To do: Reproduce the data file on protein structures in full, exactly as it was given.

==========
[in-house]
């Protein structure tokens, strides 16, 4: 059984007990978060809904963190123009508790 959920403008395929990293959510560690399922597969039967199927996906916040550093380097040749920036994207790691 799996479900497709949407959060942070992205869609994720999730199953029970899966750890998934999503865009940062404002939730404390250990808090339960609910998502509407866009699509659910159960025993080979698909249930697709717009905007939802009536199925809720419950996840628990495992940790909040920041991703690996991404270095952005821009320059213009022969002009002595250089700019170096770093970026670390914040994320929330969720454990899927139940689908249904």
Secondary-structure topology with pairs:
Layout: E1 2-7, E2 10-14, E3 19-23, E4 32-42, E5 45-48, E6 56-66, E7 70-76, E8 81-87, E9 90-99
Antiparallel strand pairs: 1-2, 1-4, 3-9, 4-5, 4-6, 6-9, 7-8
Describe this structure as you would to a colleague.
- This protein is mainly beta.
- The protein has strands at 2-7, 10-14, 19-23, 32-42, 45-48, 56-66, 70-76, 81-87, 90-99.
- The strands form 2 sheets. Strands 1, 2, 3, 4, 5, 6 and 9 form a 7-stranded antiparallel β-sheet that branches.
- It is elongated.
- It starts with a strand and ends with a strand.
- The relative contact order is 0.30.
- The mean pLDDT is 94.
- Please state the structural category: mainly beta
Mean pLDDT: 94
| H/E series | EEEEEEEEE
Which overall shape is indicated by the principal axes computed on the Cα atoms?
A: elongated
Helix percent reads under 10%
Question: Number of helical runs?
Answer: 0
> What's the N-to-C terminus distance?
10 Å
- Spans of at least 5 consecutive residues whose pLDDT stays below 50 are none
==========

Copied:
[in-house]
């Protein structure tokens, strides 16, 4: 059984007990978060809904963190123009508790 959920403008395929990293959510560690399922597969039967199927996906916040550093380097040749920036994207790691 799996479900497709949407959060942070992205869609994720999730199953029970899966750890998934999503865009940062404002939730404390250990808090339960609910998502509407866009699509659910159960025993080979698909249930697709717009905007939802009536199925809720419950996840628990495992940790909040920041991703690996991404270095952005821009320059213009022969002009002595250089700019170096770093970026670390914040994320929330969720454990899927139940689908249904």
Secondary-structure topology with pairs:
Layout: E1 2-7, E2 10-14, E3 19-23, E4 32-42, E5 45-48, E6 56-66, E7 70-76, E8 81-87, E9 90-99
Antiparallel strand pairs: 1-2, 1-4, 3-9, 4-5, 4-6, 6-9, 7-8
Describe this structure as you would to a colleague.
- This protein is mainly beta.
- The protein has strands at 2-7, 10-14, 19-23, 32-42, 45-48, 56-66, 70-76, 81-87, 90-99.
- The strands form 2 sheets. Strands 1, 2, 3, 4, 5, 6 and 9 form a 7-stranded antiparallel β-sheet that branches.
- It is elongated.
- It starts with a strand and ends with a strand.
- The relative contact order is 0.30.
- The mean pLDDT is 94.
- Please state the structural category: mainly beta
Mean pLDDT: 94
| H/E series | EEEEEEEEE
Which overall shape is indicated by the principal axes computed on the Cα atoms?
A: elongated
Helix percent reads under 10%
Question: Number of helical runs?
Answer: 0
> What's the N-to-C terminus distance?
10 Å
- Spans of at least 5 consecutive residues whose pLDDT stays below 50 are none